Making Real-Time Work For You
The examples above clearly demonstrate how real-time technology can work to enhance your product. But it doesn’t stop there – there are so many creative ways to make real-time work for your business.
Take something as mundane as a management tool. Adding in real-time functionality can allow users to collaborate on tasks and do live updates across all devices and platforms, and ultimately become much more productive.
Real-time functionality is also commonplace across booking and e-commerce sites. These real-time notifications can show how many people are viewing a deal and notify them if an item is sold while they’re viewing it, encouraging them to buy before it’s too late.
So what are you waiting for? The internet is full of information on everything from building a real-time chat app to adding real-time commenting to an article.
Wrapping Up Real-Time
WhatsApp, Google Docs, Facebook, Zendesk, Twitter, Slack, Trainline, and Nest rely on offering a real-time experience, powered by real-time technology. And that’s just the tip of the iceberg. There’s a new wave of companies driven by real-time on the horizon.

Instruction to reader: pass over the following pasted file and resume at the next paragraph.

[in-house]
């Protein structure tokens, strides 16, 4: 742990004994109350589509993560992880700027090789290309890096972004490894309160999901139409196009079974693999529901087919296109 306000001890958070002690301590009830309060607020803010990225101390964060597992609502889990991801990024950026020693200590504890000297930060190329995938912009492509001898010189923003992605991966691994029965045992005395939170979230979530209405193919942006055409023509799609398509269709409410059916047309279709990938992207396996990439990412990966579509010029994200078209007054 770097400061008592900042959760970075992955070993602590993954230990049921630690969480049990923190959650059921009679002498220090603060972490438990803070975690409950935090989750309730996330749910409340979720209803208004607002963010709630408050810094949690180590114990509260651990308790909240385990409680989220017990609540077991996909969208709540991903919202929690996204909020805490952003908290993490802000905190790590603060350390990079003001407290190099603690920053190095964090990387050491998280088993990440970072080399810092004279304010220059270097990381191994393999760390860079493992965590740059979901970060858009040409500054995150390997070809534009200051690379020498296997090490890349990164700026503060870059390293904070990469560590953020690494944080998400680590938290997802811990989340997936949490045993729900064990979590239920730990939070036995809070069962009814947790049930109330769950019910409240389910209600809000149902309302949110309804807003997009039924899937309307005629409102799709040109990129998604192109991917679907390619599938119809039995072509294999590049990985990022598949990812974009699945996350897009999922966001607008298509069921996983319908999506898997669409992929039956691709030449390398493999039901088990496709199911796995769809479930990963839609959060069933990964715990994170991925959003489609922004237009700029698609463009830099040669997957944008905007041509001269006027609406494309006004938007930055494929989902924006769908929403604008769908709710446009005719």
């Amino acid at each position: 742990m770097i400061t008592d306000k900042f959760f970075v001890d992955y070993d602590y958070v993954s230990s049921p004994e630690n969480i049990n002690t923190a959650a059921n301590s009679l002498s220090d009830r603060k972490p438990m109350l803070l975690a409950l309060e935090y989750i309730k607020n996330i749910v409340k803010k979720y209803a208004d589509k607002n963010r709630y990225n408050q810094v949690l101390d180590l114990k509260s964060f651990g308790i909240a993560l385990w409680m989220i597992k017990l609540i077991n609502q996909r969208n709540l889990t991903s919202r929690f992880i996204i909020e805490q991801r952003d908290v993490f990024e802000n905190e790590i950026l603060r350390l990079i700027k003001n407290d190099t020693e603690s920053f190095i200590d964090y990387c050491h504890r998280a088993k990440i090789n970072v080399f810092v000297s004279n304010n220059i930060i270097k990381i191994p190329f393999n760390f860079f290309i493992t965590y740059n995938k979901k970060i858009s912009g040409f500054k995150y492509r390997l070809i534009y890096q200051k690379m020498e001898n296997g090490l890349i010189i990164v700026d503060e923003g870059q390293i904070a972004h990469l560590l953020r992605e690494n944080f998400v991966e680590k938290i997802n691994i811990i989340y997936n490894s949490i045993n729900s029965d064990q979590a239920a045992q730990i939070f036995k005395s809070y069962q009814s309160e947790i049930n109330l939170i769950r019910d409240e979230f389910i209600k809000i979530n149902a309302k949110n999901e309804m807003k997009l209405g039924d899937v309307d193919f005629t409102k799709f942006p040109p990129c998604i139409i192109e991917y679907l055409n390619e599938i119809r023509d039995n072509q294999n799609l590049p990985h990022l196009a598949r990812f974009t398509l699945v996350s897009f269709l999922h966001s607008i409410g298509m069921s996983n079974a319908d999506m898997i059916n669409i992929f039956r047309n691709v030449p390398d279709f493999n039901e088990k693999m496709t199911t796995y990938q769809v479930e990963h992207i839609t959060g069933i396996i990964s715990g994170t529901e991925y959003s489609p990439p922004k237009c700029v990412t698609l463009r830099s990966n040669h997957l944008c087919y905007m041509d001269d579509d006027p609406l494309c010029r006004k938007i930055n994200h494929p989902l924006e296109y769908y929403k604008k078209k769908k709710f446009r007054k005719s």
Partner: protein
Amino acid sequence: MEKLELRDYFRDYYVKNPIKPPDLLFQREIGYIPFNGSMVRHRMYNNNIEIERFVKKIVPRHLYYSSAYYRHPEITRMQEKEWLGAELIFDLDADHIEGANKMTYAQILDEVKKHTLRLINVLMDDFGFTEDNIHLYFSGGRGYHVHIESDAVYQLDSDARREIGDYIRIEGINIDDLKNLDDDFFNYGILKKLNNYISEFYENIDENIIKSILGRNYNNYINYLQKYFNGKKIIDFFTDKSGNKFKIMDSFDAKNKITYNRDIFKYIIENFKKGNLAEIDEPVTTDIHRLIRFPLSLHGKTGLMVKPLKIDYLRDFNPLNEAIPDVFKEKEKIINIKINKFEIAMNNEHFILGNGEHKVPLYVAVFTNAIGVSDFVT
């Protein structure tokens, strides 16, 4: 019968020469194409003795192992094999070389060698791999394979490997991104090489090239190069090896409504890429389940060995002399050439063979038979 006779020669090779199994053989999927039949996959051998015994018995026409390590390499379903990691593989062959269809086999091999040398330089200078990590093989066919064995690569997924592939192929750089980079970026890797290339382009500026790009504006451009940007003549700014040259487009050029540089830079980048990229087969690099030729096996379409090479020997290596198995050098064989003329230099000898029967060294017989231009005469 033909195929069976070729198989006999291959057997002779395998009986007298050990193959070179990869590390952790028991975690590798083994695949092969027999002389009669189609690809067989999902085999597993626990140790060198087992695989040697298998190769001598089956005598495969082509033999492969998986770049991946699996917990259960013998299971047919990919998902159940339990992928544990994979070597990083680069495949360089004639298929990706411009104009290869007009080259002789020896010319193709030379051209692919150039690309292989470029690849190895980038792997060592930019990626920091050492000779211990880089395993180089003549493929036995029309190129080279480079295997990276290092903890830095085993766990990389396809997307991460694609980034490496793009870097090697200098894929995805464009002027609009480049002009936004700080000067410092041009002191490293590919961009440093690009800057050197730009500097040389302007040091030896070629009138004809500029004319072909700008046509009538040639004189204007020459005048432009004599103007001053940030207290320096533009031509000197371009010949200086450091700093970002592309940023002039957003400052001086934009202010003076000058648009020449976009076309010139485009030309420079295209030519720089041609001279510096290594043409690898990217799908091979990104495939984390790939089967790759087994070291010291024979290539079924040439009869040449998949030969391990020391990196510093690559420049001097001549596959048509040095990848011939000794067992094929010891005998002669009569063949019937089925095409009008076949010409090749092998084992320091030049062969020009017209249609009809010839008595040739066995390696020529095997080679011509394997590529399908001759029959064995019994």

Companies like Deliveroo and Jinn have let us order almost any item for instant delivery, and track it all in real time. Put simply, if your application doesn’t offer this type of experience, you’re getting left behind.
Can you improve your user experience with real-time features such as in-app notifications, geo-location tracking, collaboration and data visualisation? Real-time functionality can increase customer satisfaction and ultimately give you an edge over your competitors.
Real-time technology is fast becoming an integral part of our everyday lives; it’s in many of our favourite apps and it’ll soon be a big part of the smart homes of the future. Remember: expect today’s attractive feature to be tomorrow’s must-be.
Further Reading on SmashingMag: Link
- Real-Time Data And A More Personalized Web
- Building A Real-Time Retrospective Board With Video Chat
- How To Build A Real-Time Commenting System
- JS Bin: Built For Sharing, Education And Real-Time Rendering